Create Account | Sign In: Author or Forum

 
News  |  Journals  |  Conferences  |  Opinion  |  Articles  |  Forums  |  Twitter    
 
Category: Family Medicine | Geriatrics | Internal Medicine | Critical Care | Emergency Medicine | Neurology | Nursing | Radiology | Surgery | Journal

Back to Journal Articles

Better Outcomes at High-Volume Stroke Centers

Last Updated: May 15, 2012.

 

Faster times to treatment; patients more likely to have good clinical outcome, successful reperfusion

Share |

Comments: (0)

Tell-a-Friend

 

  Related
 
High-volume endovascular stroke centers provide faster times to treatment, and patients are more likely to have good clinical outcomes and successful reperfusion, according to a study published online May 13 in the Journal of NeuroInterventional Surgery.

TUESDAY, May 15 (HealthDay News) -- High-volume endovascular stroke centers provide faster times to treatment, and patients are more likely to have good clinical outcomes and successful reperfusion, according to a study published online May 13 in the Journal of NeuroInterventional Surgery.

To investigate whether high-volume centers are efficient at delivery of endovascular treatment approaches, Rishi Gupta, M.D., of Emory University School of Medicine in Atlanta, and colleagues conducted a retrospective review involving 442 patients with a median National Institutes of Health Stroke Scale score of 18, treated at nine centers. A series of time points was assessed, from obtaining a computed tomography (CT) scan to the end of the endovascular procedure.

The researchers found that high-volume centers were more likely to treat patients after intravenous administration of tissue plasminogen activator and those transferred from outside hospitals. High-volume centers had significantly lower total procedure times (odds ratio [OR], 0.991; P = 0.001) and times from CT acquisition to groin puncture (OR, 0.991; P = 0.001), after adjustment for confounding variables. A good clinical outcome and successful reperfusion were significantly more likely for patients treated at high-volume centers (OR, 1.86 and 1.82, respectively).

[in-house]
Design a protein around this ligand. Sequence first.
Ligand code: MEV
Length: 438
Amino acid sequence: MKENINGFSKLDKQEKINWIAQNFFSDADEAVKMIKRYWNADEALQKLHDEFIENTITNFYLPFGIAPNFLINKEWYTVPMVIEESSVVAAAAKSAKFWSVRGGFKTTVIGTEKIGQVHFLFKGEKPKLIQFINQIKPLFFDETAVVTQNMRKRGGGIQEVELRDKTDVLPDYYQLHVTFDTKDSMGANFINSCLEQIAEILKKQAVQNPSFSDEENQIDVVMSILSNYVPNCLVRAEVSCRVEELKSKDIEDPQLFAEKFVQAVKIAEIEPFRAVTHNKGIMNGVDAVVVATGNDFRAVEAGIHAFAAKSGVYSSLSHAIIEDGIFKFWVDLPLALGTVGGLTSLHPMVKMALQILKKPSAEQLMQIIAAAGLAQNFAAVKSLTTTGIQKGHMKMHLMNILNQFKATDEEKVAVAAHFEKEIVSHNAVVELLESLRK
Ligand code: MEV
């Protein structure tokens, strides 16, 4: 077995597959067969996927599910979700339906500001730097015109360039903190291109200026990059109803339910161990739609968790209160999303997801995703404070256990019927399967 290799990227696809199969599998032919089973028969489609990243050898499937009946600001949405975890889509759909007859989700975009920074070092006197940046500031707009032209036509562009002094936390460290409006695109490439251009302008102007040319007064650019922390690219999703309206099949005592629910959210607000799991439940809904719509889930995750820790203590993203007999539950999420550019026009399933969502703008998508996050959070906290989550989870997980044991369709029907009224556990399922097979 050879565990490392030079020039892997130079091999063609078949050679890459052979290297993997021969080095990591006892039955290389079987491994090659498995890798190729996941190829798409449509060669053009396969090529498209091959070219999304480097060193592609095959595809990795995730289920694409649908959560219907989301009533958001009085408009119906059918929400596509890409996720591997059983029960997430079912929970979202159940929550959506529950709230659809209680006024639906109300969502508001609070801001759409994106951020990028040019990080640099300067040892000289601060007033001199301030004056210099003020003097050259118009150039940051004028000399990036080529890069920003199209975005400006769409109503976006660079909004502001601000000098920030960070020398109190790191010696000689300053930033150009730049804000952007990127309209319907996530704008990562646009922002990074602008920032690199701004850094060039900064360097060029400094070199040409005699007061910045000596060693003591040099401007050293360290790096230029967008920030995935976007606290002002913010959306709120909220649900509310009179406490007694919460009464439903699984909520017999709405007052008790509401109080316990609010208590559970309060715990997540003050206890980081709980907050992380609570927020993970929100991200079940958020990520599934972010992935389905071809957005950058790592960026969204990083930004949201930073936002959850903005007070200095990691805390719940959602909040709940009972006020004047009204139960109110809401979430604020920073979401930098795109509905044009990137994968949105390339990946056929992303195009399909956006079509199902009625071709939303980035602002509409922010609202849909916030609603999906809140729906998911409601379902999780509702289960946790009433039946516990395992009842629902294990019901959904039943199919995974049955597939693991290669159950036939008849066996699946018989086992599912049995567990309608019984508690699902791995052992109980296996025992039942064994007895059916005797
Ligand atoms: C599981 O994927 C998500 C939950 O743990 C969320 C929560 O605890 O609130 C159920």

"Centers that currently perform higher numbers of these procedures appear to have lower times to reperfusion and a higher proportion of patients with successful reperfusion, translating into improved clinical outcomes," the authors write.

Abstract
Full Text (subscription or payment may be required)

Copyright © 2012 HealthDay. All rights reserved.


Previous: Trail Making Test Performance Predicts Post-Stroke Mortality Next: Lack of Post-MI Discharge Advice Hinders Sexual Activity

Reader comments on this article are listed below. Review our comments policy.


Submit your opinion:

Name:

Email:

Location:

URL:

Remember my personal information

Notify me of follow-up comments?

advertisement.gif (61x7 -- 0 bytes)
 

Are you a Doctor, Pharmacist, PA or a Nurse?

Join the Doctors Lounge online medical community

  • Editorial activities: Publish, peer review, edit online articles.

Doctors Lounge Membership Application

 
     

 advertisement.gif (61x7 -- 0 bytes)

 

 

Useful Sites
MediLexicon
  Tools & Services: Follow DoctorsLounge on Twitter Follow us on Twitter | RSS News | Newsletter | Contact us
Copyright © 2001-2014
Doctors Lounge.
All rights reserved.

Medical Reference:
Diseases | Symptoms
Drugs | Labs | Procedures
Software | Tutorials

Advertising
Links | Humor
Forum Archive
CME | Conferences

Privacy Statement
Terms & Conditions
Editorial Board
About us | Email

This website is certified by Health On the Net Foundation. Click to verify. This site complies with the HONcode standard for trustworthy health information:
verify here.